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It's Not a 'Blame Game'
Published on Wednesday, September 7, 2005 by the New York Times
It's Not a 'Blame Game'
With the size and difficulty of the task of rescuing and rebuilding New Orleans and other Gulf Coast areas still unfolding, it seemed early to talk about investigating how this predicted cataclysm had been allowed to occur and why the government's response was so slow and inept. Until yesterday, that is, when President Bush blithely announced at a photo-op cabinet meeting that he, personally, was going to "find out what went right and what went wrong." We can't imagine a worse idea.
No administration could credibly investigate such an immense failure on its own watch. And we have learned through bitter experience - the Abu Ghraib nightmare is just one example - that when this administration begins an internal investigation, it means a whitewash in which no one important is held accountable and no real change occurs.
Mr. Bush signaled yesterday that we are in for more of the same when he sneered and said, "One of the things that people want us to do here is to play a blame game." This is not a game. It is critical to know what "things went wrong," as Mr. Bush put it. But we also need to know which officials failed - not to humiliate them, but to replace them with competent people.
It's obvious, for instance, that Michael Brown has met the expectations of those who warned that he would be a terrible director of the Federal Emergency Management Agency. This is no time to be engaging in a wholesale change of leadership, but in Mr. Brown's case there seems to be precious little leadership to lose. He should be replaced with someone who can do the huge job that remains to be done.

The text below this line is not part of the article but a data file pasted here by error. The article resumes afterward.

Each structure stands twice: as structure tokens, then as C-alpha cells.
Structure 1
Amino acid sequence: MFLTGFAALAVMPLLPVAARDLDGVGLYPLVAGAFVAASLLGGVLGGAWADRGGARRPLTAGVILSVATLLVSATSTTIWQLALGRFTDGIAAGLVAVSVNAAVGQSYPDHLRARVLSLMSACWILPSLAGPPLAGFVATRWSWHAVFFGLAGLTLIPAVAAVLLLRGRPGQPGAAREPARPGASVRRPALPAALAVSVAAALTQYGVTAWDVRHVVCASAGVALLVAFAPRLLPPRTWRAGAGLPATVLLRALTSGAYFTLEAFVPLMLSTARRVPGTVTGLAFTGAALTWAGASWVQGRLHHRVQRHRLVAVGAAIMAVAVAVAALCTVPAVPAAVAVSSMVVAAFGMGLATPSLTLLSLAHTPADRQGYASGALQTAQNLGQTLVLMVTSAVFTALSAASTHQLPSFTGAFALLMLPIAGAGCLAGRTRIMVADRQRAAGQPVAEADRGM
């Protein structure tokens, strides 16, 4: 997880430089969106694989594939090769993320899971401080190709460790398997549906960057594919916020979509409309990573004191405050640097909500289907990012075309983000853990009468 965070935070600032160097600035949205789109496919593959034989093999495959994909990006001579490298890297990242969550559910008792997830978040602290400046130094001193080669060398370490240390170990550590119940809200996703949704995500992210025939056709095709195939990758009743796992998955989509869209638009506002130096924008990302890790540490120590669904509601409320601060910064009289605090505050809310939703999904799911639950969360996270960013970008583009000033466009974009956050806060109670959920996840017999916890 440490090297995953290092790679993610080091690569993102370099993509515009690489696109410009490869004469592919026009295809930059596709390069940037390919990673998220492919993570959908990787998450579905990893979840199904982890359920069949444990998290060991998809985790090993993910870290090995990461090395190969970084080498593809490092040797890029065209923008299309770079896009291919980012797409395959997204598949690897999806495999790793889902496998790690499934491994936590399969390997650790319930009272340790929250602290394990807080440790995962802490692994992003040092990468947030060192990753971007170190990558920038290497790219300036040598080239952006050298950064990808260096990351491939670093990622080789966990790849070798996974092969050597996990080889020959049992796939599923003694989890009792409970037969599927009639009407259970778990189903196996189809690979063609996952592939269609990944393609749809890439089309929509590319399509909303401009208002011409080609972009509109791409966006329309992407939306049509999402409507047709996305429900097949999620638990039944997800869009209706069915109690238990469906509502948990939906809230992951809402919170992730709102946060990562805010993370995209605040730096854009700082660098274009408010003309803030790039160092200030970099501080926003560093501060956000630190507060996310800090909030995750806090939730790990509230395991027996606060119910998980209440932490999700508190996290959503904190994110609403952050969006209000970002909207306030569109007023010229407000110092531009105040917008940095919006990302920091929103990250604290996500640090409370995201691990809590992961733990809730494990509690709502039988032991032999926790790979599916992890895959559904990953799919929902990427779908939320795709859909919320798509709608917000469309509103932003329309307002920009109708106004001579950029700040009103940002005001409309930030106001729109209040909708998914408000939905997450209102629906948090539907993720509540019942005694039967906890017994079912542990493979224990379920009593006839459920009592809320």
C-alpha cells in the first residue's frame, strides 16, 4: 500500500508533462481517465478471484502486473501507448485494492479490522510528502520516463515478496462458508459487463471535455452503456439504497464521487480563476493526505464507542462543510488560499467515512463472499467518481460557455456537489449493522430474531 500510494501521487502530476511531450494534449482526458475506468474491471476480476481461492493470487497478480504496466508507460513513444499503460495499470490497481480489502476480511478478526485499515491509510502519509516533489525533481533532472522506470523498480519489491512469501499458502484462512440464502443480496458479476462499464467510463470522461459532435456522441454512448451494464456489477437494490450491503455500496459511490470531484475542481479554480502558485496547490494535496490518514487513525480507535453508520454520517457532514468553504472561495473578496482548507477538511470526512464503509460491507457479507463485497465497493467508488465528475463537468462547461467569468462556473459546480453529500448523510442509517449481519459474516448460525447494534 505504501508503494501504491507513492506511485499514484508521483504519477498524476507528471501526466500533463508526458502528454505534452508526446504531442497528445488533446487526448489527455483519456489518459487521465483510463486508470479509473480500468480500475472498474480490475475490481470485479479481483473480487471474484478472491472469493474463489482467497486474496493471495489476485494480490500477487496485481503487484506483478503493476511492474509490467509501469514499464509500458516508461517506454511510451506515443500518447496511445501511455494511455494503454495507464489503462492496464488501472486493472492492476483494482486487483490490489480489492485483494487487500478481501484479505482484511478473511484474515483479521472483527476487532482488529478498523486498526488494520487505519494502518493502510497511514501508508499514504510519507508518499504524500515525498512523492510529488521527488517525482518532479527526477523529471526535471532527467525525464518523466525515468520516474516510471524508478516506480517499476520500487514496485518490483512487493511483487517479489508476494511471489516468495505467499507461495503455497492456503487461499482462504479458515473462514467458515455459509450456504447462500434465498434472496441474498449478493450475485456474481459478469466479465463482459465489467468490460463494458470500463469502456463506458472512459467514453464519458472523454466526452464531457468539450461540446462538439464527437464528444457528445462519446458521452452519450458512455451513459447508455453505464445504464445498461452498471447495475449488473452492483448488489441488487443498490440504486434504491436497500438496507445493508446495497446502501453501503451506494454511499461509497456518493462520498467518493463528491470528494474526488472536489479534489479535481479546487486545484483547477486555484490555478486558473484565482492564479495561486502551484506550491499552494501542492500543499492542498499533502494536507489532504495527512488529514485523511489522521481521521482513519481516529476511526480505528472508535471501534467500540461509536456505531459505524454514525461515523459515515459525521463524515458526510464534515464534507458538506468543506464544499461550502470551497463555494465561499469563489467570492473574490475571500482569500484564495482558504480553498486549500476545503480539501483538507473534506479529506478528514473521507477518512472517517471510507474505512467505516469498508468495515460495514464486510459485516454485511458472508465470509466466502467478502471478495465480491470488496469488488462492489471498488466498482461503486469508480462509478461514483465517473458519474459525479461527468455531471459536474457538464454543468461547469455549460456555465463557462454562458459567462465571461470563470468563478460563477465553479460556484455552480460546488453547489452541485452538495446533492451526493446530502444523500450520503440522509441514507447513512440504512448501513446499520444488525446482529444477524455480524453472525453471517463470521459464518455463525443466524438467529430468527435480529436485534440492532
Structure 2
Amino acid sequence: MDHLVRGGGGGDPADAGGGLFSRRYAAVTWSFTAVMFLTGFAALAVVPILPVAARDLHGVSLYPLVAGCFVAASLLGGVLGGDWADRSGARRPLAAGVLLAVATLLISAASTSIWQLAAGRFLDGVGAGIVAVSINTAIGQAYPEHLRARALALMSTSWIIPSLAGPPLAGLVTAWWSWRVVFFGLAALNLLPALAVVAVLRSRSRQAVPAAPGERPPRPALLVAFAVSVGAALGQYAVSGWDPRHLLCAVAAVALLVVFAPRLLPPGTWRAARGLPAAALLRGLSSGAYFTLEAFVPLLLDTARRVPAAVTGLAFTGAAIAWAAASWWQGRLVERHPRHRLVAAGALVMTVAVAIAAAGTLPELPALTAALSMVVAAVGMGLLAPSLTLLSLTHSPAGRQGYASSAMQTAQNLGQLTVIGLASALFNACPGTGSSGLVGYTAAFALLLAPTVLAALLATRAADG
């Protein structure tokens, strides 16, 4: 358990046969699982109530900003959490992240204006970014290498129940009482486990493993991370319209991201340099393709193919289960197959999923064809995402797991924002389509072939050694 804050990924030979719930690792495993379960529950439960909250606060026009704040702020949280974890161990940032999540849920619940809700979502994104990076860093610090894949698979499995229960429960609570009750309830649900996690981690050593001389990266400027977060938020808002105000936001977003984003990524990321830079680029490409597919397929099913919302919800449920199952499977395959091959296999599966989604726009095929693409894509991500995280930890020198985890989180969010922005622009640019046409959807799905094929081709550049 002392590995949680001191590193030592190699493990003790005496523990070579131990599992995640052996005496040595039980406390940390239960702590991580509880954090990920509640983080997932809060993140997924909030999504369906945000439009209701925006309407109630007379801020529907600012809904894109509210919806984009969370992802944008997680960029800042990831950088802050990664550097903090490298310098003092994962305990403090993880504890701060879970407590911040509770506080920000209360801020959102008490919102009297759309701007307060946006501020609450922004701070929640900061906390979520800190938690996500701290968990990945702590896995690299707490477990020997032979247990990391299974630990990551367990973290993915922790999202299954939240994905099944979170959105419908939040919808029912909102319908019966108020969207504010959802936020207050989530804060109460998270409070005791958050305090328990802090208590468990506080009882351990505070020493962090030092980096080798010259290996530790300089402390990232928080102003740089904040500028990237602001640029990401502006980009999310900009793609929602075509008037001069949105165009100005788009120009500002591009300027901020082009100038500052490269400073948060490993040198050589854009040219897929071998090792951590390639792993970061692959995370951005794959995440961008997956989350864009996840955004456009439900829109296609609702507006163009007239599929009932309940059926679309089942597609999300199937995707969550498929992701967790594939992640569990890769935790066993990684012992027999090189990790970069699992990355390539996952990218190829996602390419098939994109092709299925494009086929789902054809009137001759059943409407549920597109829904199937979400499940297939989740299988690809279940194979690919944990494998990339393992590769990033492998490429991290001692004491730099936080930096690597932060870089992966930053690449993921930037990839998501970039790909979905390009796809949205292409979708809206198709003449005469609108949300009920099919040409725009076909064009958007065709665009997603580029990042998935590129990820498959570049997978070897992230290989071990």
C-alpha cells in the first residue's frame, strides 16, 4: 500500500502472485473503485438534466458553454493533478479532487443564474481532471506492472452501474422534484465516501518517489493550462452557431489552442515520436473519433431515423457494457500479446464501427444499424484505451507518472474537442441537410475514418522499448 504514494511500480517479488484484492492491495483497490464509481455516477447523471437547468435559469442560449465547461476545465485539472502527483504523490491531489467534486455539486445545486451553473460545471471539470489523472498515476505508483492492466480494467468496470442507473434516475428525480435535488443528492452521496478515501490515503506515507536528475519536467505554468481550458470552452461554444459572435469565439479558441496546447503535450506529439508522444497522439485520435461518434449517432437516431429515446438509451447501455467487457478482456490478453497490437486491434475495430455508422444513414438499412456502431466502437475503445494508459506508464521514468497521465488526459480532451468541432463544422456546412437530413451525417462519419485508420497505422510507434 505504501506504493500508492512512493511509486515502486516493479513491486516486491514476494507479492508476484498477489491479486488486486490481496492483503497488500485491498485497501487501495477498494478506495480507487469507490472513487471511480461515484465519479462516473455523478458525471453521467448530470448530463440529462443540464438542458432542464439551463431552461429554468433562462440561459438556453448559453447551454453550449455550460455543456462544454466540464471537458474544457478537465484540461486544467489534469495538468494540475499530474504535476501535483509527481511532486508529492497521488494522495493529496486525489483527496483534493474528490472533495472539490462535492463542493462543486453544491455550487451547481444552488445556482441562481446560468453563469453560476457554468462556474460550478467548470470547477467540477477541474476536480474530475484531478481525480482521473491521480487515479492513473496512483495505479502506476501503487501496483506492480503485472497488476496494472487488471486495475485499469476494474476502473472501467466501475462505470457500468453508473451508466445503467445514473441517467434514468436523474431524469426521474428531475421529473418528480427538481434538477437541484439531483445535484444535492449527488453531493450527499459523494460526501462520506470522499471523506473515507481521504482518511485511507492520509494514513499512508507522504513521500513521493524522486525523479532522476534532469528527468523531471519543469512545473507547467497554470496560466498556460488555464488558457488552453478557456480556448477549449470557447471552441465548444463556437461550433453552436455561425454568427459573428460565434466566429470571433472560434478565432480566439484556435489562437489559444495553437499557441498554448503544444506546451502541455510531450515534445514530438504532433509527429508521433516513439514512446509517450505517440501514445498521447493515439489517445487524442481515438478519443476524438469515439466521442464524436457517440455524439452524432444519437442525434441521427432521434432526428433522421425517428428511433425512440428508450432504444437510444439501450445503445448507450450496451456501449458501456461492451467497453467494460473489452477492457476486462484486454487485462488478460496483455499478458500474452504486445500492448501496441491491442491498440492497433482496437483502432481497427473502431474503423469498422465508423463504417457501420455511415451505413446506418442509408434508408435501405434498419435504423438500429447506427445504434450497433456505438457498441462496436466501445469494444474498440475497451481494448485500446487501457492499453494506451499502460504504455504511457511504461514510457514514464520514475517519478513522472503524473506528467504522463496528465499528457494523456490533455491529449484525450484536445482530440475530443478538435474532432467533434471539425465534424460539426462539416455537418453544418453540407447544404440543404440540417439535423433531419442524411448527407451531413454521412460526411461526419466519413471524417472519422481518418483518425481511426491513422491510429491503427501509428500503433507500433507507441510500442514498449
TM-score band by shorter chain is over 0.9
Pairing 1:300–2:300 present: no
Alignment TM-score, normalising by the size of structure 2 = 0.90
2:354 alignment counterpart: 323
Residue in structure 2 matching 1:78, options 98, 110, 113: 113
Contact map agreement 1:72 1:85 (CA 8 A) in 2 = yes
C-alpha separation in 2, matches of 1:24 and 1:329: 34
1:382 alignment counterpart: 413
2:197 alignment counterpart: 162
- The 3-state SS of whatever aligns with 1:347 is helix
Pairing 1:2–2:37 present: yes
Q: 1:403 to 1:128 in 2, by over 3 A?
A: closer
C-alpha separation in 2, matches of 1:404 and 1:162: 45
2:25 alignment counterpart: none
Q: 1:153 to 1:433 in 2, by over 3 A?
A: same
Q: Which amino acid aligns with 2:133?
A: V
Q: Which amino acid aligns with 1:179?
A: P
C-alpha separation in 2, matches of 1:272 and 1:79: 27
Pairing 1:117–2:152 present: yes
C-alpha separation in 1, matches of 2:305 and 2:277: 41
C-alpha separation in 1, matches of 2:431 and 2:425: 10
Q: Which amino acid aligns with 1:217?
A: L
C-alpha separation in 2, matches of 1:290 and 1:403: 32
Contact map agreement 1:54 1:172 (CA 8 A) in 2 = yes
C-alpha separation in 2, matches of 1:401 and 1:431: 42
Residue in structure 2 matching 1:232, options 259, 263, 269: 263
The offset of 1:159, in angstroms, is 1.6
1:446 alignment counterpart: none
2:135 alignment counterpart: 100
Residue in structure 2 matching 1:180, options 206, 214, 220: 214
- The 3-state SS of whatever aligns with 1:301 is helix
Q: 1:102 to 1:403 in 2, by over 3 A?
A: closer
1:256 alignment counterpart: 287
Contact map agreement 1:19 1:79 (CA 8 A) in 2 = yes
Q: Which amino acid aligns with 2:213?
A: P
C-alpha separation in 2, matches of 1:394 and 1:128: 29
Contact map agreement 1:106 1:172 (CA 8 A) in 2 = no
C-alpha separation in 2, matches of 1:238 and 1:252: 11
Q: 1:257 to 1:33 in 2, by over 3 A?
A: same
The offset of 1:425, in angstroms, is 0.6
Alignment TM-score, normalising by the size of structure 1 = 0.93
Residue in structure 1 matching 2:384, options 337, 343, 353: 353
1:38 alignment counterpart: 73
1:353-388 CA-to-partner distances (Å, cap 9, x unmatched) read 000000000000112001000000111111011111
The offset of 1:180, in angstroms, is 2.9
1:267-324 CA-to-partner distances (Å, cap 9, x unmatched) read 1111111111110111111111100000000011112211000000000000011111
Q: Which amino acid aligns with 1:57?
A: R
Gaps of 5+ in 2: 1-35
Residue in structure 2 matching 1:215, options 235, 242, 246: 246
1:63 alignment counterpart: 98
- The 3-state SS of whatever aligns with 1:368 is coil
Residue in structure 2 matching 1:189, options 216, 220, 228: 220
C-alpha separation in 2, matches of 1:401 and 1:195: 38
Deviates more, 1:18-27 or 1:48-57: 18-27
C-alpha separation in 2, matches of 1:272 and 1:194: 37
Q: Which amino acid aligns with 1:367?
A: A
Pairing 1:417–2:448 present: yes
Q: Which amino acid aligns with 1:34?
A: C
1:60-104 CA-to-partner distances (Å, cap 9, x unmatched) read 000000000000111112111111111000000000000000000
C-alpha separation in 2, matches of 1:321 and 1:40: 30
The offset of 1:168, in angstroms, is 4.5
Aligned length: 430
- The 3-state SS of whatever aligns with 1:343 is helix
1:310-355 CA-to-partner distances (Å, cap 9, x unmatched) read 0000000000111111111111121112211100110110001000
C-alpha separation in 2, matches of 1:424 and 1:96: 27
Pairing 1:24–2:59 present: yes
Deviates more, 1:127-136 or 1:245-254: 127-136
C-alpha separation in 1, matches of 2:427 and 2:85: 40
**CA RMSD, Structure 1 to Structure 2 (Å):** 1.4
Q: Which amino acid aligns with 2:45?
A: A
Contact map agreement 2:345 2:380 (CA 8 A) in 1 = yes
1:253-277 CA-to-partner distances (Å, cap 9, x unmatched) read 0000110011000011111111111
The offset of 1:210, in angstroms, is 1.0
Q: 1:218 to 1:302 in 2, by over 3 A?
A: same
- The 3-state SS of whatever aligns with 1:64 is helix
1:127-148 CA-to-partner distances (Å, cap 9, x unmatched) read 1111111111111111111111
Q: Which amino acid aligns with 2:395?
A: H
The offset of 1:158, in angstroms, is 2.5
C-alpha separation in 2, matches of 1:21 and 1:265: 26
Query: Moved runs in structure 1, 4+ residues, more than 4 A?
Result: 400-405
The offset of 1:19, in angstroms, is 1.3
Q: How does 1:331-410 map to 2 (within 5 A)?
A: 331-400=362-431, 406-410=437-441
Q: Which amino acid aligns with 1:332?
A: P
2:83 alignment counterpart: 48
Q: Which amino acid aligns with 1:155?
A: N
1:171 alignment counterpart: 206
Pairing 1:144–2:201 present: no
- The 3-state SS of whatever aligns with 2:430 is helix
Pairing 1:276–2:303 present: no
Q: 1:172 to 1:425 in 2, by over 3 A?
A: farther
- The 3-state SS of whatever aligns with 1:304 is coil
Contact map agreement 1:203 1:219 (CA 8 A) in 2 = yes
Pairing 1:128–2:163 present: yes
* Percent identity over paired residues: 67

But the questions go way beyond Mr. Brown - starting with why federal officials ignored predictions of a disastrous flood in New Orleans - and the answers can come only from an independent commission. We agree with the Senate minority leader, Harry Reid, Senator Hillary Clinton and others who say that such a panel should follow the successful formula of the 9/11 commission: bipartisan leadership and members chosen by the White House and both parties in Congress on the basis of real expertise. It should have subpoena power and a staff expert enough to find answers and offer remedies.
Mrs. Clinton has also proposed pulling FEMA out of the Homeland Security Department and restoring its cabinet-level status. That is premature. The current setup makes sense, at least in theory. The nation should not have to support two different bureaucracies for dealing with sudden disasters.
Before throwing the system into chaos again, an investigation should determine whether the problem lies in the structure or in execution. Yesterday, The Wall Street Journal showed how the Bush administration had systematically stripped power and money from FEMA, which had been painfully rebuilt under President Bill Clinton but had long been a target of Republican "small government" ideologues. The Journal said state officials had been warning Washington - as recently as July 27 - that the homeland secretary, Michael Chertoff, was planning further disastrous cuts.
This page supported the creation of Mr. Chertoff's department. But it was poorly run by the first secretary, Tom Ridge, with his maddening color-wheel alerts.
It is clearly in need of a hard look and perhaps serious reorganization. Senators Susan Collins, Republican of Maine, and Joseph Lieberman, Democrat of Connecticut, have plans for hearings, which is fine. But they created the department in the first place and may have more of a stake in the outcome than a panel of impartial experts.
The panel should also look at the shortcomings of local officials and governments. It was chilling, to put it mildly, to read Mayor Ray Nagin's comment in The Journal that New Orleans's hurricane plan was "get people to higher ground and have the feds and the state airlift supplies to them."
But disasters like this are not a city or a state issue. They concern the entire nation and demand a national response - certainly a better one than the White House comments that "tremendous progress" had been made in Louisiana. We're used to that dismissive formula when questions are raised about Iraq. Americans deserve better about a disaster of this magnitude in their own country.